Creating a culture of safety and trust is key to building a culture of servant leadership. This is done by making the space where everyone feels comfortable voicing their concerns — and by dealing with those concerns in an effective manner. To maintain this culture over time, you must continue to monitor the health of your team. This is an ongoing job that will require your attention and investment over time, both with your team as a whole and with one-on-one with the individuals within it.
But how can you do all this when you have to push the team to hit their milestones?
On a recent venture, we decided to give everyone Friday afternoons off as we were heading into our final phase. With launch dates looming, this may seem counterintuitive, but the commitment and motivation of the team to deliver a compelling product on time was abundantly clear and we chose to trust that they could get the job done. Not only did this motivate the team to deliver the product on time — they actually delivered more features than initially planned. The product has now gone on to win several awards.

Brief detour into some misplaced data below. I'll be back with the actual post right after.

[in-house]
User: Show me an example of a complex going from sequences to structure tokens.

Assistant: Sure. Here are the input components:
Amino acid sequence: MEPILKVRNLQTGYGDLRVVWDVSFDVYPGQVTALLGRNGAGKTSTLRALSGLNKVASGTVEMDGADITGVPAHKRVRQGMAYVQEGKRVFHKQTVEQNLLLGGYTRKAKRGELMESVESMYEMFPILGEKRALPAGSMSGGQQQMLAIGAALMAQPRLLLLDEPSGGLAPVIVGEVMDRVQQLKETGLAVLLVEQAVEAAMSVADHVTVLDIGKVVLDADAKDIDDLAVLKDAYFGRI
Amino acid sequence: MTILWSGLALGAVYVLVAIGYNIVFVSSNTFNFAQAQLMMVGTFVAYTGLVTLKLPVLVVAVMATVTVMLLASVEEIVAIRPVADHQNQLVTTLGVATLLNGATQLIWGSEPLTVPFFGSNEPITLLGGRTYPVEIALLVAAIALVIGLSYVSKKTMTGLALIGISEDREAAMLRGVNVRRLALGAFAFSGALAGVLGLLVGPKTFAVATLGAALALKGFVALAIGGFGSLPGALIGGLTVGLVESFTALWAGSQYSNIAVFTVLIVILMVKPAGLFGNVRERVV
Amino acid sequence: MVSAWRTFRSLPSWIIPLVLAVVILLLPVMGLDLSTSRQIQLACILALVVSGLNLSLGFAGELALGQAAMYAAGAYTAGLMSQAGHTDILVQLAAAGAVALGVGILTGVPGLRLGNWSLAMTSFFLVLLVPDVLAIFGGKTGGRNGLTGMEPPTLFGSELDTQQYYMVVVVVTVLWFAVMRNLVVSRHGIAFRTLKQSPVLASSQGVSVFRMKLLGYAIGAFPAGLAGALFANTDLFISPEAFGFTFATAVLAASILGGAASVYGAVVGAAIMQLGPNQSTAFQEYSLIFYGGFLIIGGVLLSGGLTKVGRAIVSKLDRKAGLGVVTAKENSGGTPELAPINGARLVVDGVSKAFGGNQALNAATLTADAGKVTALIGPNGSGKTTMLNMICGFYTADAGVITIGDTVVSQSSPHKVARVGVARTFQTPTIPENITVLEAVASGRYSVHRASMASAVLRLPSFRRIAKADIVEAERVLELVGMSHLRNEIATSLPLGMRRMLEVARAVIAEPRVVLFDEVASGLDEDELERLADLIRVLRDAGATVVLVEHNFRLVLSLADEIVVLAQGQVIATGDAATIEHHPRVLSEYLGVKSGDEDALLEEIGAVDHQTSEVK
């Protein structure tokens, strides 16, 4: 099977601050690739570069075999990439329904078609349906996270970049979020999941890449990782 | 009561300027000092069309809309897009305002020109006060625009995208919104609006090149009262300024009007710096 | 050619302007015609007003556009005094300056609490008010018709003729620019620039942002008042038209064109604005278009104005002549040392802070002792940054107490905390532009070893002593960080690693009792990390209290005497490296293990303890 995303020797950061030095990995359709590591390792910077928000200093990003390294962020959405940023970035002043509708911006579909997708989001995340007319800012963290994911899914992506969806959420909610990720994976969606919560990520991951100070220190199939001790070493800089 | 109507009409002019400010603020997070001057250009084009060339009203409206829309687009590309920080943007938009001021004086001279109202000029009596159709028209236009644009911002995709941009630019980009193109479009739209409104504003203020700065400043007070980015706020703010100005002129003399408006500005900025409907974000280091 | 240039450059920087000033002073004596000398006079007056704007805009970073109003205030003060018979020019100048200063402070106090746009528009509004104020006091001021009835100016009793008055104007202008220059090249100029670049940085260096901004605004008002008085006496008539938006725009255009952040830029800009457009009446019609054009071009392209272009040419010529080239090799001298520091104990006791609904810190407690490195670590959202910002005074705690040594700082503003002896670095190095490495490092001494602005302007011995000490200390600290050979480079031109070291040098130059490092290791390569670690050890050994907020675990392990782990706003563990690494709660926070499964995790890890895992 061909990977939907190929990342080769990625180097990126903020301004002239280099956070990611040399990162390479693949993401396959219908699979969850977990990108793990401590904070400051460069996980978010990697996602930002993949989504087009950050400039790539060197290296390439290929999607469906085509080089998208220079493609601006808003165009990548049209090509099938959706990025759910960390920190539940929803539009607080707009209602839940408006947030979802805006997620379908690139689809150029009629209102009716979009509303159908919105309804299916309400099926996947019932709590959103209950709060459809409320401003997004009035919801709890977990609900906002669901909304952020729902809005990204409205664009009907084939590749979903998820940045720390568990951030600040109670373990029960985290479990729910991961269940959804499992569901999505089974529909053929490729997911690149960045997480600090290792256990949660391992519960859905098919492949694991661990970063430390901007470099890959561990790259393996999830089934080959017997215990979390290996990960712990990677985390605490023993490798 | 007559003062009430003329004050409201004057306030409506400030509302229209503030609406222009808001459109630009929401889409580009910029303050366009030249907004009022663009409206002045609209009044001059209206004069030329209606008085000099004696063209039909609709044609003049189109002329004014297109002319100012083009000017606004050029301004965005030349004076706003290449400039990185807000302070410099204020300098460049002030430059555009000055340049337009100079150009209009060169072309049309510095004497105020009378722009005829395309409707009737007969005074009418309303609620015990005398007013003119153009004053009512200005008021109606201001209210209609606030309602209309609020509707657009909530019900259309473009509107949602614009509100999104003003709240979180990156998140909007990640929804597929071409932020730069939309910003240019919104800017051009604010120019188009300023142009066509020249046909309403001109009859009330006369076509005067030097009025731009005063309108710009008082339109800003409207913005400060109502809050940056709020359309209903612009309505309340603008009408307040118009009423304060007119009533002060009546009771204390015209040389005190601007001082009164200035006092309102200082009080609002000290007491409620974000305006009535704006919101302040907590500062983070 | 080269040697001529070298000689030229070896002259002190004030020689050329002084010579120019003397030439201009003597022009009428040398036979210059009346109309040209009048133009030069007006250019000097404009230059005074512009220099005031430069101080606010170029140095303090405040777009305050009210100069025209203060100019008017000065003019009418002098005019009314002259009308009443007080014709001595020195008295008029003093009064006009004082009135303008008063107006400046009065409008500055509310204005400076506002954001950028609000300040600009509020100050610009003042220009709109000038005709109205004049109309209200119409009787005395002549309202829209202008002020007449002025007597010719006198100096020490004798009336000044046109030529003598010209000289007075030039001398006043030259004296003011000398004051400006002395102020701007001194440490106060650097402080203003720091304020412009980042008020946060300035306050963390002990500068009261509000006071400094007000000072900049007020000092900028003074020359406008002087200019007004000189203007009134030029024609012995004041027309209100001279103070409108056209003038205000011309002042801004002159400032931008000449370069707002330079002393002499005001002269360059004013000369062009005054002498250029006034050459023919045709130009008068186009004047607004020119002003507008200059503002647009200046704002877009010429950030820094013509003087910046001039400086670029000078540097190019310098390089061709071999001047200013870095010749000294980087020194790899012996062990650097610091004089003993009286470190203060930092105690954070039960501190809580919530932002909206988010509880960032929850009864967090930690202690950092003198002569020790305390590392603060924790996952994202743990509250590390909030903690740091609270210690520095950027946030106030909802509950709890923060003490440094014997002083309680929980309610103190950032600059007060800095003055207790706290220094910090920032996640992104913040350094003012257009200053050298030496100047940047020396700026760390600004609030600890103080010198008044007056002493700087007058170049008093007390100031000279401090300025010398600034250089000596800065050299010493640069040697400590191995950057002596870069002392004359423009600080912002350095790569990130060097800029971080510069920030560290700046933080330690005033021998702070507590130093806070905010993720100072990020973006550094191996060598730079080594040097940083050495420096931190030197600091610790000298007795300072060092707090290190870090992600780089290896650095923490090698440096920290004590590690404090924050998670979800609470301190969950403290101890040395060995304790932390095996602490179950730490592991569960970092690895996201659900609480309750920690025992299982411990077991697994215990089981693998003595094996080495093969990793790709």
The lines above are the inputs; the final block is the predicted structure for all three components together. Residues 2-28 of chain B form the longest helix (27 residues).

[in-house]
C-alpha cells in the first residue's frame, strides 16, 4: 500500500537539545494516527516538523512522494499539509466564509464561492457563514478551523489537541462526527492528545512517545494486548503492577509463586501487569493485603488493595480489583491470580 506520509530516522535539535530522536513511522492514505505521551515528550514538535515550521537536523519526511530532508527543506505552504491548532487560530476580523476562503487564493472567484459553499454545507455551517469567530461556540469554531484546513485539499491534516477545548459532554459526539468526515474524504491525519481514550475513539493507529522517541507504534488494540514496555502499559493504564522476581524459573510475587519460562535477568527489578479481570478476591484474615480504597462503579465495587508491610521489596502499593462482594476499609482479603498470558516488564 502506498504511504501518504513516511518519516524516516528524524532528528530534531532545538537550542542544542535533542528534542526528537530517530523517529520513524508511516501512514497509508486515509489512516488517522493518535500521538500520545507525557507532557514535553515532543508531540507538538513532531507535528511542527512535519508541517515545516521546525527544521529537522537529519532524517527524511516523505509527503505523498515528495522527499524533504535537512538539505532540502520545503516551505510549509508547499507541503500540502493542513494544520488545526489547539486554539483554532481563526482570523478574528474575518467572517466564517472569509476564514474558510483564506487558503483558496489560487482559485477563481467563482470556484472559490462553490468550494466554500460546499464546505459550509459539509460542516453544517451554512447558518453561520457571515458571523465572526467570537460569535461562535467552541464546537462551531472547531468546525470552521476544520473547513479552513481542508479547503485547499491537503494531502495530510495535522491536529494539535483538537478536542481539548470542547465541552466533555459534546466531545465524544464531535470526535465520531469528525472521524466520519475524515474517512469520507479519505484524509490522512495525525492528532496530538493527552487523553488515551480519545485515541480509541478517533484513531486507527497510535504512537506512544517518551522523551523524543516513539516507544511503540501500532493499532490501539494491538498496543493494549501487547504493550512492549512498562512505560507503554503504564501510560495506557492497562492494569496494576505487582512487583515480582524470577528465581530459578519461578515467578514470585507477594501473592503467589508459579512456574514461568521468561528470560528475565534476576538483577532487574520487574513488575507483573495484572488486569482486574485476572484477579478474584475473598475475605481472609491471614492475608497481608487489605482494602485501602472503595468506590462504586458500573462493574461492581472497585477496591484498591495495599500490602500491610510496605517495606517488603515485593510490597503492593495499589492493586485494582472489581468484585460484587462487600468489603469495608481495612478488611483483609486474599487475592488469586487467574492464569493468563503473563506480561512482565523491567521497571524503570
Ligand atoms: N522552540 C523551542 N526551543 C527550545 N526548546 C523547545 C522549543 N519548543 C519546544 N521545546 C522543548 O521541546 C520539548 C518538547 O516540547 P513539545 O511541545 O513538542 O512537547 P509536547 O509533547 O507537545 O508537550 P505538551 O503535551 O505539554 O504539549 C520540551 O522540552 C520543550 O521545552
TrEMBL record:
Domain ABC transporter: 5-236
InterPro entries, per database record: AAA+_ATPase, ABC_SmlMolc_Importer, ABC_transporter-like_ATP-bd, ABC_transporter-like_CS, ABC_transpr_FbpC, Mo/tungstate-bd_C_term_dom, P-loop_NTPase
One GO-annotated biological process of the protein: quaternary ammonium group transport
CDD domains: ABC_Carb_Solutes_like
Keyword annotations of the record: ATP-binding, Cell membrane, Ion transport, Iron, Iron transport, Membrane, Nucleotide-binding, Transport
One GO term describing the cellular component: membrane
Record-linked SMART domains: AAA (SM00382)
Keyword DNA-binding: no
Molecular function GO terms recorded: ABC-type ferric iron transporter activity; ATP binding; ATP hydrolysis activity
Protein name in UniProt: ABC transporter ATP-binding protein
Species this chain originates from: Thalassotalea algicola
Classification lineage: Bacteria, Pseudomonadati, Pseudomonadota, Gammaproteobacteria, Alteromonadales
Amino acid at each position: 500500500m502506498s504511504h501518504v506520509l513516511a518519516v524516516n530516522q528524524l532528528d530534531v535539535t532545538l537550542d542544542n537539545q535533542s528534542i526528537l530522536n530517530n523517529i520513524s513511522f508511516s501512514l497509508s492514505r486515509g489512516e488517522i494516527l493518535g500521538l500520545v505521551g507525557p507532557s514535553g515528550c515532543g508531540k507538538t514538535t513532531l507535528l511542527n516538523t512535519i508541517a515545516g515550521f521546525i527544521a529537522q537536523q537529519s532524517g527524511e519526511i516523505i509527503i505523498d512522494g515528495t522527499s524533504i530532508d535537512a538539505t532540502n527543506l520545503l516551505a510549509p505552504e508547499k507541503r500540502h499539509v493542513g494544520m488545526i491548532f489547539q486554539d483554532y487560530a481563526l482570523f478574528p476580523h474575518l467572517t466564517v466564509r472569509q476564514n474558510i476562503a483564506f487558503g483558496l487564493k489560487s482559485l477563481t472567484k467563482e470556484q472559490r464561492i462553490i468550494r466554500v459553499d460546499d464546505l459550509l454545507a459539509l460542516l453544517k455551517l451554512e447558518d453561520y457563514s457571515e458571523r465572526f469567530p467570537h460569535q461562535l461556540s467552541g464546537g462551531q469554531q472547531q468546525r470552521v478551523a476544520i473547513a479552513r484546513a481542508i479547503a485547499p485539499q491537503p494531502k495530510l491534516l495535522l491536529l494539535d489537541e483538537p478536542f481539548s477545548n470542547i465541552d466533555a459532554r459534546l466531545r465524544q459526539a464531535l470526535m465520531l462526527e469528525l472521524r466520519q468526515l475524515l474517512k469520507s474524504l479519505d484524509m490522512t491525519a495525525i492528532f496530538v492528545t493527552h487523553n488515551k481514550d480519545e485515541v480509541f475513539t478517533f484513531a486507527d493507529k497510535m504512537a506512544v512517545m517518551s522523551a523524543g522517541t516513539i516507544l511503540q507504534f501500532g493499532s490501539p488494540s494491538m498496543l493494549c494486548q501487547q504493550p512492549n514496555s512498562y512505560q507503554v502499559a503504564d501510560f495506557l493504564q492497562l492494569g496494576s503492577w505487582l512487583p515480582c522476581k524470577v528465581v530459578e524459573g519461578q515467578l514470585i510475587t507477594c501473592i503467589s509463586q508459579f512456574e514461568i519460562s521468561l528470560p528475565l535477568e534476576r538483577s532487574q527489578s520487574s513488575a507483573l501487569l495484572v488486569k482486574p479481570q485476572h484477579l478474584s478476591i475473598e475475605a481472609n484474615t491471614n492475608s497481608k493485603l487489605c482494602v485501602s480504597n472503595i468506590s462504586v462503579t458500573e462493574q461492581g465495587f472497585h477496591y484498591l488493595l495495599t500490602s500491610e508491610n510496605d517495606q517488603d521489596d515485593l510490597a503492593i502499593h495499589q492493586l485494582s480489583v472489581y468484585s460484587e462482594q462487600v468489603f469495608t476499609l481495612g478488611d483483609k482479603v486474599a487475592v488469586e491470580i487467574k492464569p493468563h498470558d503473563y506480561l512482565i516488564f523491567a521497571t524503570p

Servant Leadership is a Journey not a Destination
Servant leadership might have some buzz these days, but it is not the latest business fad — it is a state of mind and a lifelong journey. While this journey will not always be easy (and will often not show immediate results) the rewards are well worth the effort. The reputation that grows within your team and company from excellent performance will be a gravitational force that attracts future leaders, increasing responsibilities and opportunities over time.
The bottom line is this: Any organization that adopts this style of leadership will find that genuine, exemplary treatment of colleagues and staff yields many tangible and intangible benefits in terms of performance, morale, and loyalty.
So, if you are a leader or an aspiring leader, ask yourself one question: How can I serve those on my team? The answer, I think you will find, is by making it a priority to promote positive transformation in the people and culture around you. If it doesn’t flow naturally, take small actions to test and learn your way into it. Try it. Good things will follow.